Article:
Hungry for Hope

By Peggy Norton

Did you know that Texas ranks second in the country in the total number of food-insecure individuals and seventh in terms of child hunger? According to Dallas Mayor Mike Rawlings, “Dallas is the poorest rich city in the United States. Poverty is concentrated in this city in deep pockets, and it’s growing denser in those pockets.”

One of those pockets of hunger is Irving. It’s hard to believe when you look at the neighborhoods surrounding IBC but take a little drive south and the landscape begins to change. Over 16% of Irving residents live in poverty and that doesn’t even include those who live on fixed and limited incomes. The face of hunger doesn’t look much different from you or me. The majority of people in the U.S. can’t deal with a $500 emergency, according to a recent survey by Bankrate. While you may not be in that situation now, according to statistics, you may find yourself in that very situation someday. The day you too become a statistic.

This is what happened to Mr. Ray (not his real name), a client at Crises Ministries in Irving.

Crisis Ministries is a little pocket of hope in downtown Irving that exists to meet the physical and spiritual hunger of those in need while providing them with a sense of self-respect.

Ruby Sevcik serves as the Director of Crises Ministries. “The first time Mr. Ray arrived at our door, he was a rude and bitter young man who had no interest in talking or much else for that matter, he just wanted his food and he certainly didn’t want to engage or answer any questions.” Over the next several months, Mr. Ray would show up on a regular basis—which is not the typical client at Crises Ministries.

According to Ruby, 70% of the people they see only come once a year. “Many people are surprised by this number,” Ruby said, “they just assume people are looking for handouts but generally that’s not the case, these are people in crisis, in more ways than one.” But Mr. Ray was a regular. And as the months passed, Ruby noticed a change in his demeanor.

“We always treat people with respect,” Ruby explains. “I never called him by his first name and always addressed him formally, I think he noticed.”

Crises Ministries not only feeds the body but also the soul. Most people in crises are suffering from more than just a physical need, many need encouragement and reassurance of the hope that can be found in the Lord.

“We offer more than just a bag of food, we offer hope and spiritual encouragement,” Ruby says. The volunteers spend time forming relationships with people like Mr. Ray. Every time a person walks through the door, they are met with compassion and an offer of prayer.

One day, Ruby recalls, one of the volunteers told a story of a nice young man who helped unload the donation truck, the volunteer went on to say how friendly and kind the man was. Much to Ruby’s surprise and delight, the nice young man turned out to be Mr. Ray!

“The more he got to know us, the more comfortable he felt sharing what was on his heart and we could all see a change in him,” Ruby says. You see, people had written off Mr. Ray years ago and that was the bitter, ungrateful man who walked in the door a year-and-a-half ago, but that’s not the same man who showed up today. Shortly thereafter, Mr. Ray walked in and handed Ruby a donation. He told Ruby thank you and he said, “I know the good you do here, I experienced it myself.” Ruby gave him a big hug.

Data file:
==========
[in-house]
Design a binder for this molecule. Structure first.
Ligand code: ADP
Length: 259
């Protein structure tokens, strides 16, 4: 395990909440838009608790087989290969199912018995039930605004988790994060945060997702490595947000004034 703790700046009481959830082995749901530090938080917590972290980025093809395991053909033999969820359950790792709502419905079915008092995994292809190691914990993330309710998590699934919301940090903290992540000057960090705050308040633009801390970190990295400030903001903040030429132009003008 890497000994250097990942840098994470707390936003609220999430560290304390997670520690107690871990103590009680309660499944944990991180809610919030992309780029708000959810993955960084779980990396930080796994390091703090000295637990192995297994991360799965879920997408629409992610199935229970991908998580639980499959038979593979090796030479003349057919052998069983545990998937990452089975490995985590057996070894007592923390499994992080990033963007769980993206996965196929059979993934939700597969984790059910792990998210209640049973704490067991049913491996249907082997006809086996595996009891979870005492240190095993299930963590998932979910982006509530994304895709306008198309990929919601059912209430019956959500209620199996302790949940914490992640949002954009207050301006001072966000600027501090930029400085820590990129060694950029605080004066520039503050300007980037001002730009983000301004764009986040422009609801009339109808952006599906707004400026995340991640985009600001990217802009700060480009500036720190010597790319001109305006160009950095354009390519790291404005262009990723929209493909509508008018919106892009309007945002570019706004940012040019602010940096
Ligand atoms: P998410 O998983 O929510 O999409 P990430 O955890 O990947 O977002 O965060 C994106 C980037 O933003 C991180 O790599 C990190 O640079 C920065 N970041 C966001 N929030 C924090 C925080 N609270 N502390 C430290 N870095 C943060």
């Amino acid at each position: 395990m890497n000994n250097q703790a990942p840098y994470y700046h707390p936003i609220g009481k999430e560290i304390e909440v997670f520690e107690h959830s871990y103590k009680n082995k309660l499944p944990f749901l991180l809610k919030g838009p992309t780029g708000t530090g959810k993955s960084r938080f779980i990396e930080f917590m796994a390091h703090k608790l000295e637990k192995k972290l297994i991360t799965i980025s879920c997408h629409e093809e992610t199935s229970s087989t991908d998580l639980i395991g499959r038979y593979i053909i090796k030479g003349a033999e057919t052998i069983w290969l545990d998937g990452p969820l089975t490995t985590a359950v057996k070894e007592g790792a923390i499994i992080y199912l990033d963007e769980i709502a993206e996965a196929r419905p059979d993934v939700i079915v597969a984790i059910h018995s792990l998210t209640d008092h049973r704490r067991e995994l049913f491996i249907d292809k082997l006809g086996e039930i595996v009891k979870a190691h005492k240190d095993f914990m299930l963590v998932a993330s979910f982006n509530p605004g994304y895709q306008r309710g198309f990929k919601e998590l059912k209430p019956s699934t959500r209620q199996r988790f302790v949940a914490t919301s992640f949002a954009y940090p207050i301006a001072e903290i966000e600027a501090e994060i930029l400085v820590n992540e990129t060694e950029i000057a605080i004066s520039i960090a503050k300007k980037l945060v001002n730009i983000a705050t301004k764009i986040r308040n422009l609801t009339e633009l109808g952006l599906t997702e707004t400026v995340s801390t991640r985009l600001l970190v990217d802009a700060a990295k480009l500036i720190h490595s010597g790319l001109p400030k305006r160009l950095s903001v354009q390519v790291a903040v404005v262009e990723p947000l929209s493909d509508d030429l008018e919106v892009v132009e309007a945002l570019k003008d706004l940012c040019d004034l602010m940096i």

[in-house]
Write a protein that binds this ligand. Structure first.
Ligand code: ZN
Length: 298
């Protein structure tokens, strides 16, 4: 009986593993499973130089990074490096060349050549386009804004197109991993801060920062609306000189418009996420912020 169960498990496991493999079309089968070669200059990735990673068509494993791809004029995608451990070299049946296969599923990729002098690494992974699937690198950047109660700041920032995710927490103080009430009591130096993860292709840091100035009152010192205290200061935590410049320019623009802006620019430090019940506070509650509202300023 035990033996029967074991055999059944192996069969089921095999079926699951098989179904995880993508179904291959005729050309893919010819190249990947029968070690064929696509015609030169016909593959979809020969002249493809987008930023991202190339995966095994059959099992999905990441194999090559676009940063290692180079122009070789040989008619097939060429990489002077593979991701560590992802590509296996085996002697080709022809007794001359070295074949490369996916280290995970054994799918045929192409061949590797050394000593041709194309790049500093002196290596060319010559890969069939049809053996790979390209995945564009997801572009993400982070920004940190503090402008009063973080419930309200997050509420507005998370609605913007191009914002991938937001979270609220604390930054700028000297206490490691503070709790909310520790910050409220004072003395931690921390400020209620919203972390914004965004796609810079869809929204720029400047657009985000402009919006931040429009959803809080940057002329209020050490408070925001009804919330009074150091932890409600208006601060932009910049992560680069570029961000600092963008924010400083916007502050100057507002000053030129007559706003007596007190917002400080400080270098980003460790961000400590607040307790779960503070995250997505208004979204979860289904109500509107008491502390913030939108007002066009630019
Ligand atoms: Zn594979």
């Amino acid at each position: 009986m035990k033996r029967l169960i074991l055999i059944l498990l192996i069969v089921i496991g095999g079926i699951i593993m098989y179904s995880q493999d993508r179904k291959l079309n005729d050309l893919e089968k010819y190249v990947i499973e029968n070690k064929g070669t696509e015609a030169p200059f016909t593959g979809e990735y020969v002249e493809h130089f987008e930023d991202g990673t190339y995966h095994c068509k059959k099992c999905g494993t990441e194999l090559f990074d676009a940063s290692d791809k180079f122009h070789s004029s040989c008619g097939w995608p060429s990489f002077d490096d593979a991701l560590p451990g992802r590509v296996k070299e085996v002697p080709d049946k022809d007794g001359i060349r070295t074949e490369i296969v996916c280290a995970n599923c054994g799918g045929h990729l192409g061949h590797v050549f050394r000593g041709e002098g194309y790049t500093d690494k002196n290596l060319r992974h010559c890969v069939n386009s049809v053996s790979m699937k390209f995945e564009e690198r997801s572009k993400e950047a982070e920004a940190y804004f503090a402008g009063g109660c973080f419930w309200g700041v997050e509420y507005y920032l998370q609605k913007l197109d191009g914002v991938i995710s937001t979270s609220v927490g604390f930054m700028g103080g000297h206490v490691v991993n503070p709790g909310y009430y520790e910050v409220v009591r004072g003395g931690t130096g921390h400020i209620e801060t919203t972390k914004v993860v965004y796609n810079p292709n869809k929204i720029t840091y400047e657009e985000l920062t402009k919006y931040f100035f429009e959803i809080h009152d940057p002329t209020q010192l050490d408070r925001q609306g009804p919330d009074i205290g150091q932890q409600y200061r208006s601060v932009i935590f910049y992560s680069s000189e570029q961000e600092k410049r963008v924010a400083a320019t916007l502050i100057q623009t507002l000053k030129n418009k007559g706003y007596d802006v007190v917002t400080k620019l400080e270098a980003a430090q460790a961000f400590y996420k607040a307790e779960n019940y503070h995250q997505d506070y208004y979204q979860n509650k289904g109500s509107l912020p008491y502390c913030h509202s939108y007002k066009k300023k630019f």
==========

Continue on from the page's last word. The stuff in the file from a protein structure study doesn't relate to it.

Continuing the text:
The best part—when Mr. Ray told Ruby he had found the Lord.

“That’s why we do it,” Ruby said. “This is the work of the body of Christ and we are all part of it.”

Crises Ministries is as diverse as the community it serves. People from all walks of life and every faith enter through the doors. Ruby tells of one gentlemen from a nearby mosque who comes by on a regular basis with a donation. He tells Ruby that he knows she feeds his people and he appreciates that. At Crises Ministries, everyone is treated equally. For I was hungry and you gave me something to eat. (Matthew 25: 35)

Ruby explains that it’s important to find common ground. There’s always something that connects us, we just need to be willing to spend the time to listen and care. Crises Ministries is part of the neighborhood, they live with the people they serve. This is one of the reasons IBC decided to make them a local partner.

According to Tricia Kinsman, IBC’s Director of Local Missions, it was the spiritual component of this organization that led IBC to get involved. “Many times when people come to IBC to get food, we may never see them again or if they come back, they will see a different person,” Tricia explains. “But at Crises Ministries, there are volunteers there who can take the time to pray and find out what else is going on in these people’s lives that led them to crisis in the first place.”

If you want to get involved, there are many ways to do it. You can donate food, toiletry items or volunteer onsite. IBC is also looking for someone to be a liaison between IBC and Crises Ministries, contact Tricia Kinsman for more information.

Let’s not ignore the needs in our own neighborhoods, we are called to be the hands and feet of Jesus.

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